If you are having a hard time sticking to your budget, you may find it beneficial to switch to a cash-only system. A cash-only budget can help you stay on track because of the psychological impact of using cash as opposed to a debit or credit card to pay for something—you realize how much it really costs.
Switching to a cash-only budget is a move recommended by many financial experts. Here's how to make the change.
Choose the Categories to Switch to Cash
The first step in switching to cash is to determine the budget categories that will actually work as cash-only. You may only be able to make certain payments, such as a mortgage or your student loan, online or at least by check.
But for those categories where you are able to use cash, determine the ones in which you are consistently overspending. This may be groceries, entertainment, eating out, or clothing. Everyone has their problem areas when it comes to overspending. Once you know what yours are, you can switch them over to cash in order to curb your spending.
Stop Using Your Debit Card for These Categories
The next step is to stop using your debit card, credit card, or even your checkbook to pay for anything in those categories—no matter what.
If you are not able to do that, you may consider leaving your debit card at home for a few weeks and disconnecting any automatic payments you can access online, such as those through Paypal. This will help you break bad financial habits.
Create a System to Separate Cash and Track Receipts
When using a cash-based budget, you need a way to track your cash purchases and also keep the cash for different categories of your budget separate.
A simple way to do this is to use the envelope system. At the beginning of the month, you stash your budgeted amount of cash into envelopes labeled with each budget category. Once the cash runs out for a specific envelope, you're done spending in that category for the month. You should also put your receipts into those envelopes so you can review where you spent the money at the end of the month. Alternatively, you can keep a running ledger as you spend the money.
Set Up a Time to Take Out the Cash
In order to be successful at a cash-only budget, you need to actually get the cash and separate it into categories. This may mean a trip to the bank or the ATM on payday or another set day.
You can request that the teller give you the money in the correct denominations, such as all $20s or $10s, so you can easily separate the money into the correct categories.
Plan Ahead When You Go Shopping
This type of budget requires that you learn to plan ahead. Generally, it’s not a good idea to carry huge amounts of cash around with you all of the time. So, for example, you leave your grocery money at home unless you are going to the grocery store, and take only $20 to work if you plan on eating out that day. You get the idea. Bonus: This will also help to cut back on your impulse purchases.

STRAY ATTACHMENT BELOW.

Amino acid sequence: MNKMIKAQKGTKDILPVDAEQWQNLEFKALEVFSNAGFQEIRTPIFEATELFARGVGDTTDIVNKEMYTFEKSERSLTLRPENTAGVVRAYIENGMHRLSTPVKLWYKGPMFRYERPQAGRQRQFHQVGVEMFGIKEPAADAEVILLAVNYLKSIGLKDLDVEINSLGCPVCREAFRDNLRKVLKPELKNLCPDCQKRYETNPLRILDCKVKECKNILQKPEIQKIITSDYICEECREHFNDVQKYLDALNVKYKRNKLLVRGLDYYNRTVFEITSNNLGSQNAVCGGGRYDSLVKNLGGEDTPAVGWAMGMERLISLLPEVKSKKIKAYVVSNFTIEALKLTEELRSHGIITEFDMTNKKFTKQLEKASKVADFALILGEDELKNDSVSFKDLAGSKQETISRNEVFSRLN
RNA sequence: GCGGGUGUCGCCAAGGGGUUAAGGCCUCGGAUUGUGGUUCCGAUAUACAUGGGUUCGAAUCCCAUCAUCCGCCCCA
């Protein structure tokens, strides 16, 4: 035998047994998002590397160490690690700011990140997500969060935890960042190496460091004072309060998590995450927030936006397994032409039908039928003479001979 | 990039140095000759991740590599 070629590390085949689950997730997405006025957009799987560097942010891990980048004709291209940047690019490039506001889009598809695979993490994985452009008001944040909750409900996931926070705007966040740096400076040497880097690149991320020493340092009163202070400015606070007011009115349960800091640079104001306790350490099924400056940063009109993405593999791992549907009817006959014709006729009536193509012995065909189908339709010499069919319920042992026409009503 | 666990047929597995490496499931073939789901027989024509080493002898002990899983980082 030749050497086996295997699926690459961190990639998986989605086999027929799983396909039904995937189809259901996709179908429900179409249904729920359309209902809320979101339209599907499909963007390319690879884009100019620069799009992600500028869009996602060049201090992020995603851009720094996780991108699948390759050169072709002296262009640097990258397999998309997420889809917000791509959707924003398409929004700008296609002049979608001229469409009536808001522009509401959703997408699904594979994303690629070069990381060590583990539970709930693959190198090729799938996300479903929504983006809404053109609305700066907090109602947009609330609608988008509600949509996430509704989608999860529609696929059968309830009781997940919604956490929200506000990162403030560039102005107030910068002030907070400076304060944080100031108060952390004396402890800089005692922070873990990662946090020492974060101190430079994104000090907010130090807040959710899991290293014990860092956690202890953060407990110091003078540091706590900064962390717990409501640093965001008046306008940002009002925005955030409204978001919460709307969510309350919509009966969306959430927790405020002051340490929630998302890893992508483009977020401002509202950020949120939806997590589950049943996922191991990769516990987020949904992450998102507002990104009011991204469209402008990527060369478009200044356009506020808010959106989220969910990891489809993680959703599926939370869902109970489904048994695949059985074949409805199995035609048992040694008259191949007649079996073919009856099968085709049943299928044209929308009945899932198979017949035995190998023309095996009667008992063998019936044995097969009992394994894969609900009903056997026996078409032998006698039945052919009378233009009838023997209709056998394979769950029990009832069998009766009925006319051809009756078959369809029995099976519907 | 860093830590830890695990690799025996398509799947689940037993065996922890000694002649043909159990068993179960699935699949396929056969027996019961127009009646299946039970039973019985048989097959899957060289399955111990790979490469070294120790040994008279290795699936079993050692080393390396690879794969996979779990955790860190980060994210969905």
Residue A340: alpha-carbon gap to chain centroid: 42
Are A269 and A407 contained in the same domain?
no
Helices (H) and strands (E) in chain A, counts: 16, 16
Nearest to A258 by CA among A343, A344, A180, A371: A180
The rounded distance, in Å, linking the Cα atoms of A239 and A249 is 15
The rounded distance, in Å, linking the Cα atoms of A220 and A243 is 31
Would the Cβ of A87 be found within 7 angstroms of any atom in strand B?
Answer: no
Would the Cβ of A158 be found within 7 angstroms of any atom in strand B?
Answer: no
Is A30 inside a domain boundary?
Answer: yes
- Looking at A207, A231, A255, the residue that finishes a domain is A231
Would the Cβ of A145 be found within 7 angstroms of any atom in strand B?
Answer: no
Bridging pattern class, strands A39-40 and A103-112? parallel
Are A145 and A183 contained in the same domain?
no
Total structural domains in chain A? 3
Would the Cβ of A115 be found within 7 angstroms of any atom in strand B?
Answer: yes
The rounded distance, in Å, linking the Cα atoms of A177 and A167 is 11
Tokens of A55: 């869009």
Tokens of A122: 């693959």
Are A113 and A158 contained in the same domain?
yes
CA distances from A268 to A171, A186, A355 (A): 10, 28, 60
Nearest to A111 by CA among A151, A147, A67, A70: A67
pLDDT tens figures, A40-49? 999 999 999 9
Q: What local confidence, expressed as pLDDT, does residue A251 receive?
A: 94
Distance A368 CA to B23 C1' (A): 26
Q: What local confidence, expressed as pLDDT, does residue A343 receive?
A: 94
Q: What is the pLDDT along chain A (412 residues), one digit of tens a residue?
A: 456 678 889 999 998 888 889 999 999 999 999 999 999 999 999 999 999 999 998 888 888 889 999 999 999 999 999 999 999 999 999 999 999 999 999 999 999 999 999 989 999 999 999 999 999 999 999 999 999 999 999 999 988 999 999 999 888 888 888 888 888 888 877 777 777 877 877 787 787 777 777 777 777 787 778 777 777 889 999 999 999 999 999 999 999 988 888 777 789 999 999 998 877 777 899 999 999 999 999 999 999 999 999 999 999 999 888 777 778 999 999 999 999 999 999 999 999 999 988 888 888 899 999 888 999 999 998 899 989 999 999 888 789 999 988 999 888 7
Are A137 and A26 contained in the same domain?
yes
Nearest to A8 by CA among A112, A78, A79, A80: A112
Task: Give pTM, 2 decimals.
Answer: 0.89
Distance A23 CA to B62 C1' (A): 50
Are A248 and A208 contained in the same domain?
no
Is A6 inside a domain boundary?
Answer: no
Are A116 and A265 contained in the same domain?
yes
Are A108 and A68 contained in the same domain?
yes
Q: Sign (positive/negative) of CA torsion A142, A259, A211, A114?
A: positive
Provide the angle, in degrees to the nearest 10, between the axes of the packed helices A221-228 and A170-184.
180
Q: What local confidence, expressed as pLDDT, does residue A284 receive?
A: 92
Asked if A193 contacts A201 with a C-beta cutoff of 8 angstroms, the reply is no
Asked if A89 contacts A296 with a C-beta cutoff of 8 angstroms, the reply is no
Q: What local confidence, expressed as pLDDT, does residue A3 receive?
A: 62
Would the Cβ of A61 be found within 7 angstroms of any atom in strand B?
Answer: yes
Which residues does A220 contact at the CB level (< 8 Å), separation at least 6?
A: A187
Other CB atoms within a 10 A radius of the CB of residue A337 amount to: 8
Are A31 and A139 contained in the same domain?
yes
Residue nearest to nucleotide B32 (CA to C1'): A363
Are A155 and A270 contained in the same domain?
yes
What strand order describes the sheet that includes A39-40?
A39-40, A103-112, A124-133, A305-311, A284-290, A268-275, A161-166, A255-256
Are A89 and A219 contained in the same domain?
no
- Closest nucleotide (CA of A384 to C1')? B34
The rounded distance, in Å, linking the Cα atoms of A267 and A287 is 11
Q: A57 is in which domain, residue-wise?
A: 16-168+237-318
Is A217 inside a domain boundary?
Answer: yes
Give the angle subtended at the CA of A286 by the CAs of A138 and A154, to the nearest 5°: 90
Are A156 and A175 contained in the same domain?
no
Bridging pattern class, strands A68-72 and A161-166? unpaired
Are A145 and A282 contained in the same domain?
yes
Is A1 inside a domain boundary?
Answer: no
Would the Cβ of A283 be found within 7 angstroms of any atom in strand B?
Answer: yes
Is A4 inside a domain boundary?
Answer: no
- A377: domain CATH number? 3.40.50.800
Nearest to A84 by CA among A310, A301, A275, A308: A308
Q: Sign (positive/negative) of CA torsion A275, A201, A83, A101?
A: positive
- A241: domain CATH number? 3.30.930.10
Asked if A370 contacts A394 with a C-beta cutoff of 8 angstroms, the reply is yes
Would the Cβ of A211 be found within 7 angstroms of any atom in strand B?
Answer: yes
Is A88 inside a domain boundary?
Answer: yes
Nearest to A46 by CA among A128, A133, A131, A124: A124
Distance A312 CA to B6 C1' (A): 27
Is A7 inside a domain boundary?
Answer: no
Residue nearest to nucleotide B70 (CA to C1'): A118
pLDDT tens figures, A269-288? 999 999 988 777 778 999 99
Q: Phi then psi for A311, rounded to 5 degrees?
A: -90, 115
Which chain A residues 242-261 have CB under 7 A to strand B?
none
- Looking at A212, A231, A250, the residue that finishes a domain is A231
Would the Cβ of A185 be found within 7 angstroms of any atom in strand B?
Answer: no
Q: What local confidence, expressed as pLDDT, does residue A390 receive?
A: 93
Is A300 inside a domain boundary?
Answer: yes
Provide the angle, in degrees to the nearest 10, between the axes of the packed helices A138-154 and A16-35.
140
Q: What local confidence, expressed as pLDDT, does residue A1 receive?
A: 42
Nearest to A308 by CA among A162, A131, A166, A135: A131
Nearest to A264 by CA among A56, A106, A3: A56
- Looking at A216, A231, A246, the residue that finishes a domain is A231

Stick to Your Limits
As with any budget, this requires the self-discipline to avoid spending all the money in one category too quickly. This also means that you do not use your debit card or your credit card to cover shortfalls. You can switch money between envelopes if you find that you have overspent on your grocery budget halfway through the month. But you will have to cut spending in other areas.
Adjust Your Categories
You should adjust your budget once you have followed it for a few months. You may find that you don’t have enough planned for groceries but you always have money left over in the gas category, or you that you may need to sacrifice some of your entertainment money so that you can pay for meals.
Other Cash-Only Budgeting Tips
- Using cash may not always seem very convenient, but it is a great way to stop yourself from overspending. It makes you consciously consider your purchasing choices. This type of budget can also help you to stop using your credit cards.
- To carry your cash, consider using an expanding pocket file that fits into a purse, and keep it separated according to budget categories. However, this does mean carrying all of your cash, so it might not be the best option if that makes you nervous. Instead, you might try only carrying the cash you need for the week.
- If you are married, budgeting as a couple can be very difficult. A cash budget can help make budgeting easier. You can divide the money between your individual categories, and leave the grocery money or entertainment money where you can both access it if you need it. Just be sure you're checking in throughout the month so neither person is surprised when one envelope is empty.
Updated by Rachel Morgan Cautero.